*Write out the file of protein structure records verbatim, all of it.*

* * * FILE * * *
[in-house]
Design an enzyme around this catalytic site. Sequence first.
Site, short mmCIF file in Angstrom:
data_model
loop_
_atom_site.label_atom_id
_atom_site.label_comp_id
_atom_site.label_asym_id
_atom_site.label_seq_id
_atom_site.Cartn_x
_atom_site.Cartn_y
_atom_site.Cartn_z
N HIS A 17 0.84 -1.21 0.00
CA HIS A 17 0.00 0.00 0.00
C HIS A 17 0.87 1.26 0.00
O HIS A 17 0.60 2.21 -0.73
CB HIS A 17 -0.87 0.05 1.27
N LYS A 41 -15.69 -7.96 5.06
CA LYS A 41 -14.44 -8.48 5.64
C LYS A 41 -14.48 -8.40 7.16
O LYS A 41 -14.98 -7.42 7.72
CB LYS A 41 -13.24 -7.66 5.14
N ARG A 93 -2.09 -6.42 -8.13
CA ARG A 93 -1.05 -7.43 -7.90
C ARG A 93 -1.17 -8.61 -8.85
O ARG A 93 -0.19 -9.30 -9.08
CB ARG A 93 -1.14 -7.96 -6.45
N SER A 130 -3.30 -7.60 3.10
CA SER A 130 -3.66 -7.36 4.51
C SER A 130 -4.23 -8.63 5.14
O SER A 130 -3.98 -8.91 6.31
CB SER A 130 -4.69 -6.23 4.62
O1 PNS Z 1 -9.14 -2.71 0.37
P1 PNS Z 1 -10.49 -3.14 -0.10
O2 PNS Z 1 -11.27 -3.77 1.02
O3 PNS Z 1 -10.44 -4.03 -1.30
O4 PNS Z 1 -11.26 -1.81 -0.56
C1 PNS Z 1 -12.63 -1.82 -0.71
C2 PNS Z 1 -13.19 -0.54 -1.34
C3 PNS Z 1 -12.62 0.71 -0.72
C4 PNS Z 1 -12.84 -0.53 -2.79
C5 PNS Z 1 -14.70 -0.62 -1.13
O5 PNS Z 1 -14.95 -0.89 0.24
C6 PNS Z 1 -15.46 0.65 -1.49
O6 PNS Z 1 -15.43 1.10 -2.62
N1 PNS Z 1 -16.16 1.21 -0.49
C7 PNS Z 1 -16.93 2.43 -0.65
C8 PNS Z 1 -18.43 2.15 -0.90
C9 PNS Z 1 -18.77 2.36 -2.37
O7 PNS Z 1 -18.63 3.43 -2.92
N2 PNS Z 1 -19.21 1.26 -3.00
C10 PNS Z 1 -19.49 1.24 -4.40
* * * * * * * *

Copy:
[in-house]
Design an enzyme around this catalytic site. Sequence first.
Site, short mmCIF file in Angstrom:
data_model
loop_
_atom_site.label_atom_id
_atom_site.label_comp_id
_atom_site.label_asym_id
_atom_site.label_seq_id
_atom_site.Cartn_x
_atom_site.Cartn_y
_atom_site.Cartn_z
N HIS A 17 0.84 -1.21 0.00
CA HIS A 17 0.00 0.00 0.00
C HIS A 17 0.87 1.26 0.00
O HIS A 17 0.60 2.21 -0.73
CB HIS A 17 -0.87 0.05 1.27
N LYS A 41 -15.69 -7.96 5.06
CA LYS A 41 -14.44 -8.48 5.64
C LYS A 41 -14.48 -8.40 7.16
O LYS A 41 -14.98 -7.42 7.72
CB LYS A 41 -13.24 -7.66 5.14
N ARG A 93 -2.09 -6.42 -8.13
CA ARG A 93 -1.05 -7.43 -7.90
C ARG A 93 -1.17 -8.61 -8.85
O ARG A 93 -0.19 -9.30 -9.08
CB ARG A 93 -1.14 -7.96 -6.45
N SER A 130 -3.30 -7.60 3.10
CA SER A 130 -3.66 -7.36 4.51
C SER A 130 -4.23 -8.63 5.14
O SER A 130 -3.98 -8.91 6.31
CB SER A 130 -4.69 -6.23 4.62
O1 PNS Z 1 -9.14 -2.71 0.37
P1 PNS Z 1 -10.49 -3.14 -0.10
O2 PNS Z 1 -11.27 -3.77 1.02
O3 PNS Z 1 -10.44 -4.03 -1.30
O4 PNS Z 1 -11.26 -1.81 -0.56
C1 PNS Z 1 -12.63 -1.82 -0.71
C2 PNS Z 1 -13.19 -0.54 -1.34
C3 PNS Z 1 -12.62 0.71 -0.72
C4 PNS Z 1 -12.84 -0.53 -2.79
C5 PNS Z 1 -14.70 -0.62 -1.13
O5 PNS Z 1 -14.95 -0.89 0.24
C6 PNS Z 1 -15.46 0.65 -1.49
O6 PNS Z 1 -15.43 1.10 -2.62
N1 PNS Z 1 -16.16 1.21 -0.49
C7 PNS Z 1 -16.93 2.43 -0.65
C8 PNS Z 1 -18.43 2.15 -0.90
C9 PNS Z 1 -18.77 2.36 -2.37
O7 PNS Z 1 -18.63 3.43 -2.92
N2 PNS Z 1 -19.21 1.26 -3.00
C10 PNS Z 1 -19.49 1.24 -4.40